Lozman’s 57-foot floating home was first unsuccessfully targeted by Riviera Beach for eviction from its marina. Then, the city declared in 2009 it was a vessel and that Lozman had to leave unless he could get it registered as such. Eventually that dispute wound up in federal court, leading to the Supreme Court ruling.

    When it came time to settle the $25,000 bond issue, Riviera Beach officials noted that the home sold for only $4,100 before it was destroyed. The winning bidder was the city itself. Still, the officials said in court papers that Lozman had ample opportunity to prevent its destruction, including bidding on it himself at an auction.

    “He should not be rewarded for a total loss that was completely avoidable,” said Jules Massee, one of the city’s attorneys, in a court document.

    Fort Lauderdale-based U.S. District Judge William Dimitrouleas — who’d previously sided with the city before the high court overturned the ruling decision — refused in March to give the bond money to Lozman.

    “This judge doesn’t decide the law of the land. The Supreme Court does,” Lozman said in an interview. “It’s a slap in the face of the Supreme Court.”

    The battle now is joined before a different federal judge on Lozman’s civil rights lawsuit, in which he claims the Riviera Beach City Council decided in a closed 2006 meeting to start a “campaign of harassment and retaliation” against him over the marina project dispute.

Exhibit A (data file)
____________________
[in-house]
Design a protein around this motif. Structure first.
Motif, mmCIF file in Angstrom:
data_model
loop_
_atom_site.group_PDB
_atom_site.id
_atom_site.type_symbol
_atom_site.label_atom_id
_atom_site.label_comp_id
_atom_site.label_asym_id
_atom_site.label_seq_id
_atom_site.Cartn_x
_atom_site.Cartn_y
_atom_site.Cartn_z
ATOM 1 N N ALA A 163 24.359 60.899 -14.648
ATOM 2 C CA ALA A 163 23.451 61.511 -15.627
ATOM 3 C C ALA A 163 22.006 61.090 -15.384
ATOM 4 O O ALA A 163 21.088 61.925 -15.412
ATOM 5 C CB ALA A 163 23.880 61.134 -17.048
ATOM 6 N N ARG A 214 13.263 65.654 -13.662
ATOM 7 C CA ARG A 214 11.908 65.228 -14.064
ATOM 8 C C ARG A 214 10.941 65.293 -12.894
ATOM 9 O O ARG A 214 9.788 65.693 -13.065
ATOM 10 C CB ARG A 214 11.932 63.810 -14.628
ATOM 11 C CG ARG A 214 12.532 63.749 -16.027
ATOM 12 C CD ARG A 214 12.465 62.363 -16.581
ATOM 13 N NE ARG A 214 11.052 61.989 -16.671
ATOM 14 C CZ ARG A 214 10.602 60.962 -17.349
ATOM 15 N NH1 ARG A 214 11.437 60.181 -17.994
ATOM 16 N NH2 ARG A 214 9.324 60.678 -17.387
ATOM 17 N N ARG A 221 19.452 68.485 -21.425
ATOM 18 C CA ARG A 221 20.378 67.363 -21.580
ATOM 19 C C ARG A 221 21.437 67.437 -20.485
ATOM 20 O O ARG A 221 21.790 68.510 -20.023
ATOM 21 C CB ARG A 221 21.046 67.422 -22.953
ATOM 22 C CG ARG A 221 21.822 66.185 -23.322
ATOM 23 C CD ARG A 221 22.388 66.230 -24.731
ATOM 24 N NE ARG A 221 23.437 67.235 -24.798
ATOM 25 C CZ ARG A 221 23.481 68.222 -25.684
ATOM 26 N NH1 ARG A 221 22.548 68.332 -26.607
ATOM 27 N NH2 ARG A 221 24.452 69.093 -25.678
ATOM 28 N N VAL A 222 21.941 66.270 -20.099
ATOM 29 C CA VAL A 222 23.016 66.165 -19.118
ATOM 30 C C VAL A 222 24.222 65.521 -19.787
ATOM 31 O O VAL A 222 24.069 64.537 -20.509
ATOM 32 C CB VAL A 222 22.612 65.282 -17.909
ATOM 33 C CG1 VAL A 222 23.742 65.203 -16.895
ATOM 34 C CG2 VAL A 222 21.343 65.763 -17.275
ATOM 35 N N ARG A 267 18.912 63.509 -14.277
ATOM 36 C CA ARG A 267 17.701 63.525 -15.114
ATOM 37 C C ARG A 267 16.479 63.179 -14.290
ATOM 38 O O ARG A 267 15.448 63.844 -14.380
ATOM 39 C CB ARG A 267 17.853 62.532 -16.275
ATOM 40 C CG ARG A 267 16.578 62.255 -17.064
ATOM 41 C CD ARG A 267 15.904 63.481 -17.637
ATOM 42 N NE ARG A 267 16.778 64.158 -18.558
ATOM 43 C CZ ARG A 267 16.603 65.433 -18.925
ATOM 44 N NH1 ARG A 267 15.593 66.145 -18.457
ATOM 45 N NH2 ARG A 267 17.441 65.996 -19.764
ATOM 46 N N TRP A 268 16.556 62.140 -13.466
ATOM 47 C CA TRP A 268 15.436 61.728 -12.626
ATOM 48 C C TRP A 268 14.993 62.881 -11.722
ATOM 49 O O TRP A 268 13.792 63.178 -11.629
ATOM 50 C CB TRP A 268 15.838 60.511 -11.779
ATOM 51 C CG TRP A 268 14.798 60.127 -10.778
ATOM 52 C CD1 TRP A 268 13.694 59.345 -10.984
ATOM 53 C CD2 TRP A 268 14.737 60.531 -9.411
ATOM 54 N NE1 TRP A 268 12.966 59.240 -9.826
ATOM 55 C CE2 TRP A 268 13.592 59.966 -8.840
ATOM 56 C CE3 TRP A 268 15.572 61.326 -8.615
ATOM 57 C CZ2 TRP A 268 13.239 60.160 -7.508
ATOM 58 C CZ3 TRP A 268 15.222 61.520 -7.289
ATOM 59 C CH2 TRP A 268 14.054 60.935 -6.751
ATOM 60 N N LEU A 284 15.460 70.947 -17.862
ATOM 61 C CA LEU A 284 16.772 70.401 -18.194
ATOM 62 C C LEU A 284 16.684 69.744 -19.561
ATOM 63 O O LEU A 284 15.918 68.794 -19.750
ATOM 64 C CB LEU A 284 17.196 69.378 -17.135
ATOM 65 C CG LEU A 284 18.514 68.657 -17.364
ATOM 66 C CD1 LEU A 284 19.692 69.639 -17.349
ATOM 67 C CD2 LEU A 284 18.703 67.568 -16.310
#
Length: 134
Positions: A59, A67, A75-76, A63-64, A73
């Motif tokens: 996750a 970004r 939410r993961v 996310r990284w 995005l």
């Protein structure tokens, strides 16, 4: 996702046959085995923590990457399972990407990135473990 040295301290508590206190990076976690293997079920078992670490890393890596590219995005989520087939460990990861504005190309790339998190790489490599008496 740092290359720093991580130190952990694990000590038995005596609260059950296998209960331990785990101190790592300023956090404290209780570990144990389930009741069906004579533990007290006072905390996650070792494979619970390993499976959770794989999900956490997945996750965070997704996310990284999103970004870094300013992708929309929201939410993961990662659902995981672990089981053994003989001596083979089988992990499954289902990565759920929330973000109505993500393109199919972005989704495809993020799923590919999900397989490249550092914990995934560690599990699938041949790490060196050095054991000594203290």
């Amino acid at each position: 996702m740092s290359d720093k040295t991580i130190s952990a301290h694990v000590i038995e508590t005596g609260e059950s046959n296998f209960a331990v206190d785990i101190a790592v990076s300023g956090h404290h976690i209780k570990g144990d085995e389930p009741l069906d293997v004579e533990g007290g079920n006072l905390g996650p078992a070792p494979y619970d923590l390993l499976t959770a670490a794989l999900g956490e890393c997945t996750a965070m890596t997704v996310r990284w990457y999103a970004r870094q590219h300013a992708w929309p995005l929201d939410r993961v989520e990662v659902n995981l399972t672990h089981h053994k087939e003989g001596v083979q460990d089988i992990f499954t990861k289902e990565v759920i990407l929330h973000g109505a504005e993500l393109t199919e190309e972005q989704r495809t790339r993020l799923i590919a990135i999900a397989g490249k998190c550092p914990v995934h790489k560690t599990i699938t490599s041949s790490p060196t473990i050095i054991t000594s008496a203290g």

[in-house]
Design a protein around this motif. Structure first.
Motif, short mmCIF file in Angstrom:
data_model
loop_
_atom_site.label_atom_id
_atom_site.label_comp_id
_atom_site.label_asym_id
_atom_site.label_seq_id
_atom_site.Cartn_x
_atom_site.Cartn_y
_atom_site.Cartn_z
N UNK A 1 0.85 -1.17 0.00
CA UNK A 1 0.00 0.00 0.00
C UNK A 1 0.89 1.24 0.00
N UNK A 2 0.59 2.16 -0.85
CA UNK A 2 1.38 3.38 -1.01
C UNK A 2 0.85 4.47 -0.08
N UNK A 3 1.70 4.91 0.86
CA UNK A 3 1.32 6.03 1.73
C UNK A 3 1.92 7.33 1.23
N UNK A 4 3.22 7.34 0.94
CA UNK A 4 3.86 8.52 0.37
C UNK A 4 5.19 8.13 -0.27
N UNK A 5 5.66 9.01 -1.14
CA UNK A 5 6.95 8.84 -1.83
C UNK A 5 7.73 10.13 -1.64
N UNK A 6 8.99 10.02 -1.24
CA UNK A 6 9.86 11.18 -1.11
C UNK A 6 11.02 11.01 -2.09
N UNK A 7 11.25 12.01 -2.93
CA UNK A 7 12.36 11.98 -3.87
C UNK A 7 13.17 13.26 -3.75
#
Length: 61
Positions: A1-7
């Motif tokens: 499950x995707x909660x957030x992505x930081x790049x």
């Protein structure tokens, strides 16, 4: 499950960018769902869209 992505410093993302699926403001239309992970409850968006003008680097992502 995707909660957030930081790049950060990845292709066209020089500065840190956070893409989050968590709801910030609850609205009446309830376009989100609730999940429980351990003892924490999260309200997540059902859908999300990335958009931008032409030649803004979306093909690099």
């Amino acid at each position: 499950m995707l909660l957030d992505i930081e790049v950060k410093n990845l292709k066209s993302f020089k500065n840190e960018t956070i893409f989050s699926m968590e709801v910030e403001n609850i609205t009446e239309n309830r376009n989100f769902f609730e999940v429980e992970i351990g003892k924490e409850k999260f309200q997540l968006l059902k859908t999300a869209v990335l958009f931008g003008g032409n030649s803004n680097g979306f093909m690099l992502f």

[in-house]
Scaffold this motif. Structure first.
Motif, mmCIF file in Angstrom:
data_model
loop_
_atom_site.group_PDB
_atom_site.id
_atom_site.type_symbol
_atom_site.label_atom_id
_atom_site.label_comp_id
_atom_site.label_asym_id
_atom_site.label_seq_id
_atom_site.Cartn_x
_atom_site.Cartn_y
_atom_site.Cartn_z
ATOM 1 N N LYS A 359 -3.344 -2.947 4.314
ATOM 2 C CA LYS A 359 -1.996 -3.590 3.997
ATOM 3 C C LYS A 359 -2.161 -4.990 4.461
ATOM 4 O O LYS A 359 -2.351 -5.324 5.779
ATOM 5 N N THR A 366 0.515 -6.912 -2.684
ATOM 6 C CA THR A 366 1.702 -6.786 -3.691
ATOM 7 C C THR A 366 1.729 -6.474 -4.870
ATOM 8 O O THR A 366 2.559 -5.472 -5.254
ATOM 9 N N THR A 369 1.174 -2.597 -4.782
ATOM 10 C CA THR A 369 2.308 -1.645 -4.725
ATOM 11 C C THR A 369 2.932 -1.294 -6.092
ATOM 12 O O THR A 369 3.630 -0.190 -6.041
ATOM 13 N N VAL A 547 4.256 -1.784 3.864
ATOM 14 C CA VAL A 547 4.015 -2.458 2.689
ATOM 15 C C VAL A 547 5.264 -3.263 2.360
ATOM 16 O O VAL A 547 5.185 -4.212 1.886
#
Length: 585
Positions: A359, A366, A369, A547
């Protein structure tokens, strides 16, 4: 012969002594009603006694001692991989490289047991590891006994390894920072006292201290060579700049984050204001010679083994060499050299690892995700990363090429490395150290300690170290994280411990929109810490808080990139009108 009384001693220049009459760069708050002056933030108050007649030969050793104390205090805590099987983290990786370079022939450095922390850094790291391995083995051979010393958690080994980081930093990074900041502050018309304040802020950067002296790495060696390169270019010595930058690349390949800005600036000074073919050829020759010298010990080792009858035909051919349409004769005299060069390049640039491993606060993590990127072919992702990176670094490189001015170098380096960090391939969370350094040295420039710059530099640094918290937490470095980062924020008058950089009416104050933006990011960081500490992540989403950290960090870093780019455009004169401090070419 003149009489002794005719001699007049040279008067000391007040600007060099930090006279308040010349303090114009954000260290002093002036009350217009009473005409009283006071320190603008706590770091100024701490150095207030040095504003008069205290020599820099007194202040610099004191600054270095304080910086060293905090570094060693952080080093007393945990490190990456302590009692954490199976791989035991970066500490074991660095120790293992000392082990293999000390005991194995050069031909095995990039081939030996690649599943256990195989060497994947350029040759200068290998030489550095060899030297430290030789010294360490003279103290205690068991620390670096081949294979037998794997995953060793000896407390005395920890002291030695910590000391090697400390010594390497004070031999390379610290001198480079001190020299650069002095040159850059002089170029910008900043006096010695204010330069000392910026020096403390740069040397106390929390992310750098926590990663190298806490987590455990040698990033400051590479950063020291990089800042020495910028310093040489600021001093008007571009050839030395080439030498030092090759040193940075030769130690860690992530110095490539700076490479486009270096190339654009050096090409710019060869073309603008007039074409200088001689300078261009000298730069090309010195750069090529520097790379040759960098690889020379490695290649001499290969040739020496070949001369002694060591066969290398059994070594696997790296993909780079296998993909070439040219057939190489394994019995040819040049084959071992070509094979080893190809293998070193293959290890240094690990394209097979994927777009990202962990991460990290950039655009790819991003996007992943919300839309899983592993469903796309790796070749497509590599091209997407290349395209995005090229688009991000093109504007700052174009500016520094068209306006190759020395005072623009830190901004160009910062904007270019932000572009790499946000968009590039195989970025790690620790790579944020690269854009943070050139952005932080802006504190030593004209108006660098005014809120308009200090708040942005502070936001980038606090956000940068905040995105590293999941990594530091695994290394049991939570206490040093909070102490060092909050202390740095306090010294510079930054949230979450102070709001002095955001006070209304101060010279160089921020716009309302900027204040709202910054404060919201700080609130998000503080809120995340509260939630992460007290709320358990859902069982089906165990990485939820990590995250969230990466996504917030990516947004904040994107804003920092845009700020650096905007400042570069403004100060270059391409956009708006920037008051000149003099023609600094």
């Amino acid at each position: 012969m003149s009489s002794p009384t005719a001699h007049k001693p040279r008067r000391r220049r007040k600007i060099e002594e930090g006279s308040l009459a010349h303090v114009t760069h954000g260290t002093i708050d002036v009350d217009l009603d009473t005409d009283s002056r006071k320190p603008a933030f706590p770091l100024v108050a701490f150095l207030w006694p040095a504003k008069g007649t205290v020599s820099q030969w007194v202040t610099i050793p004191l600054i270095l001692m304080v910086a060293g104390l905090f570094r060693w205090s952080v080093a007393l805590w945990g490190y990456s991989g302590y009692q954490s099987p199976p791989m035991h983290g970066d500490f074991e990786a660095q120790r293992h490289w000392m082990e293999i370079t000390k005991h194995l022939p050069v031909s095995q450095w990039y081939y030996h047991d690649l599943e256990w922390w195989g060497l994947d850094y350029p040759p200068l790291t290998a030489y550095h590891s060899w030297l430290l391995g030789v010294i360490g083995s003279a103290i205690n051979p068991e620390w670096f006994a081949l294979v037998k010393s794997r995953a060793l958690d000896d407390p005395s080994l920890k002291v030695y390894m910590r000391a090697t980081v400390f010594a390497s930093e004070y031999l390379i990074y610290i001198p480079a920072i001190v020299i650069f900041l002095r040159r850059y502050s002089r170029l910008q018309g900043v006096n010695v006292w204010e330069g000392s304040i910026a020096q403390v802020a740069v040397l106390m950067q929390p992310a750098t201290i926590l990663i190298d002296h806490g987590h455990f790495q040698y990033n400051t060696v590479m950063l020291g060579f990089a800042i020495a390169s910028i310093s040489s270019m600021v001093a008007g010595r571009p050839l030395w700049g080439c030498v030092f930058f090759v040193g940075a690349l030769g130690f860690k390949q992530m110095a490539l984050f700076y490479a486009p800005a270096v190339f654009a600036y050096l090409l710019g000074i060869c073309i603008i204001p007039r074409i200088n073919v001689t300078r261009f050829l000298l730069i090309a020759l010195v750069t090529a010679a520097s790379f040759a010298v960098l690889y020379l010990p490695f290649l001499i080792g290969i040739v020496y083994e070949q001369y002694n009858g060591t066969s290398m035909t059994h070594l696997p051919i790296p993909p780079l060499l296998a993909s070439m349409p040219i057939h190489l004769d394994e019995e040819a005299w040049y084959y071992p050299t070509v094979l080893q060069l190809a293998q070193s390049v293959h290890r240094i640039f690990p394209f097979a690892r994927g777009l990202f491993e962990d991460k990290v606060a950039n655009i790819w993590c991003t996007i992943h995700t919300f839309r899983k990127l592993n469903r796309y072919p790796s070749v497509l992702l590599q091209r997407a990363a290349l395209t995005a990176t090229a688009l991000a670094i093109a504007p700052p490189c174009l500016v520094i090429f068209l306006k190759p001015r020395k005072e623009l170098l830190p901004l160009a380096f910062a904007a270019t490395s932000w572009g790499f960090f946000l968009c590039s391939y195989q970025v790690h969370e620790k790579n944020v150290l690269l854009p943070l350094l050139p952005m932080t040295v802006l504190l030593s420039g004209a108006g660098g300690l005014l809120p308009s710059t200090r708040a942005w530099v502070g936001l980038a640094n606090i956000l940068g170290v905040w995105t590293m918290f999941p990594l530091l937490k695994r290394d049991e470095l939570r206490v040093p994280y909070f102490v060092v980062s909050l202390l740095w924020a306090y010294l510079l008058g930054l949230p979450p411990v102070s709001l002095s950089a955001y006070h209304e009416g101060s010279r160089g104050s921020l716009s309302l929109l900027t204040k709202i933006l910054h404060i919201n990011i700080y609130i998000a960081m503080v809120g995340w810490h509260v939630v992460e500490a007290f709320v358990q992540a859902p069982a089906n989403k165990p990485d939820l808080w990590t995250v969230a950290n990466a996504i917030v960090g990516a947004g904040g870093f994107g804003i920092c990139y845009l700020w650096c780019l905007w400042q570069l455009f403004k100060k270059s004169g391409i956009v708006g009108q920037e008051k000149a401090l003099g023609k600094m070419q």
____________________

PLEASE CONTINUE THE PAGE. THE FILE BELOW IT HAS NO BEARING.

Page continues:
That included, he says, his improper arrest while speaking at an open city council meeting, after which he was led out in handcuffs. Lozman was charged with disorderly conduct, trespassing and resisting arrest without violence, but Palm Beach County prosecutors ultimately dropped the case.

    Lozman seeks unspecified damages in the civil rights case, including compensation for his floating home. He also says he incurred $250,000 in legal fees and costs in the long appellate fight.

    The city contends he should again get nothing. Its lawyers say there’s no evidence the city ever had a formal policy to harass or intimidate him and that it was Dimitrouleas who approved the floating home’s sale and destruction.

    “A municipality should not be held liable for actions over which it was no control,” the Riviera Beach attorneys said in court papers.

    A hearing is set for May 19 that will determine whether the case ends or proceeds to trial, which would take place in October. Lozman is now living with his dog and cat on a larger, two-story floating home near Miami, but is determined to see through the case related to his previous dwelling.

    “A jury is going to need to determine the value of my floating home,” he said.